Tuesday, August 17, 2010

The Little Giant of Aberdeen County by Tiffany Baker

The Little Giant of Aberdeen County by Tiffany Baker

I picked this book up at a book sale and I know I did it because of the cover. It shows a dress maker’s dummy in the size of a full figured woman surrounded by lovely crewel work embroidery. For someone like me that sews and embroiders, etc. I was hoping for a cozy novel with a sewing theme. I got much more than that!

Truly, our main character was truly a giant from birth onwards. Her story is one of cruelty not only from other children but also from adults including her father who blamed her for her mother’s death during childbirth. Truly has a two-year older sister, Serena Jane, who of course, is of normal proportions and is a raving beauty besides. The world falls at her feet. Yet as this book proves beauty is only skin deep and those of us who plod on despite physical infirmities and less than perfect looks should also have a chance to make something of ourselves and be loved and cared for also.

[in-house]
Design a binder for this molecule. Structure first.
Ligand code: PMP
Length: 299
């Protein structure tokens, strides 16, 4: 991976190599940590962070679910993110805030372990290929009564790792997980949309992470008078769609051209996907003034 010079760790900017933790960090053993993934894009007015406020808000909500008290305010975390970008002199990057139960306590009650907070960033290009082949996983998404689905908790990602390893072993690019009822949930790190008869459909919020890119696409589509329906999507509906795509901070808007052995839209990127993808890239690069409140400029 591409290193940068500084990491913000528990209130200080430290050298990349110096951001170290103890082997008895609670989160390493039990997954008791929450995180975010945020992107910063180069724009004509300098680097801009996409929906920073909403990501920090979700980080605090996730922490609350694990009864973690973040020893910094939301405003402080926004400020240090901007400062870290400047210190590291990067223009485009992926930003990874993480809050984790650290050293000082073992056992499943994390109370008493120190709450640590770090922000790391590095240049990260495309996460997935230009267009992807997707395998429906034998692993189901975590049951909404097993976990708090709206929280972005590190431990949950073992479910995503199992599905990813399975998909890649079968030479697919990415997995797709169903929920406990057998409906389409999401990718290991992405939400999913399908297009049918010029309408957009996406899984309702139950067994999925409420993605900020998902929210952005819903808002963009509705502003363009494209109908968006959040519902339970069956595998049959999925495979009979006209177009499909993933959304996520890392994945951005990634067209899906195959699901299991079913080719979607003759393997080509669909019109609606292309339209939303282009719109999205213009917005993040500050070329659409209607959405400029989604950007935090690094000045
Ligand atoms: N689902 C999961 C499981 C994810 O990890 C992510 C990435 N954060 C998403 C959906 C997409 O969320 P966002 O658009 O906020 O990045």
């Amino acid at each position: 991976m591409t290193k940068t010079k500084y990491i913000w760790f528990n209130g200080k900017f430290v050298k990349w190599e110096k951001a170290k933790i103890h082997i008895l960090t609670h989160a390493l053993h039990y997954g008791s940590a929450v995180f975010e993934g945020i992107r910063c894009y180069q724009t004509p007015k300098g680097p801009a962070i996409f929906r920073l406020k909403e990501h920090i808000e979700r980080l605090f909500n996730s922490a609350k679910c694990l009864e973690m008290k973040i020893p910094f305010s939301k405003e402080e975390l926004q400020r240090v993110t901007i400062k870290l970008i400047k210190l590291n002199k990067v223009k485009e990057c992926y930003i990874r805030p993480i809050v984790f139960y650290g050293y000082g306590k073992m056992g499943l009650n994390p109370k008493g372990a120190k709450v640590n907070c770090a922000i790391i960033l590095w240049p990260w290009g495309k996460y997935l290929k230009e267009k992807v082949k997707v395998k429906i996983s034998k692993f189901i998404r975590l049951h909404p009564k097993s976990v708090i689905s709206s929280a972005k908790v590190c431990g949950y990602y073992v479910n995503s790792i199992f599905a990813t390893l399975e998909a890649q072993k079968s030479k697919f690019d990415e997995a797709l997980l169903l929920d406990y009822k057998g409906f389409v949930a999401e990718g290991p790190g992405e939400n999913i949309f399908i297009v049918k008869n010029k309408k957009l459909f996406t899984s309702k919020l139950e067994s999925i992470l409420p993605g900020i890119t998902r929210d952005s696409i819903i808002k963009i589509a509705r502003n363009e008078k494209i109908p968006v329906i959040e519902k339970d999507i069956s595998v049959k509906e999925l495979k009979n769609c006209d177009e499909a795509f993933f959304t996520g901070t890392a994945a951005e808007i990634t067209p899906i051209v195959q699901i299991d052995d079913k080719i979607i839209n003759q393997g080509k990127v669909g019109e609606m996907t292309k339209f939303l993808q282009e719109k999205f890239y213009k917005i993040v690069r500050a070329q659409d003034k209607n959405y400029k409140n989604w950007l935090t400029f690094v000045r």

Throughout this book is woven the tale of a quilt that is elaborately decorated with flowers made by a woman many generations earlier who had been known for her healing potions. Truly discovers the key to unlocking the knowledge the quilt holds and finds she then also holds the power of life and death and what an awesome responsibility that can be.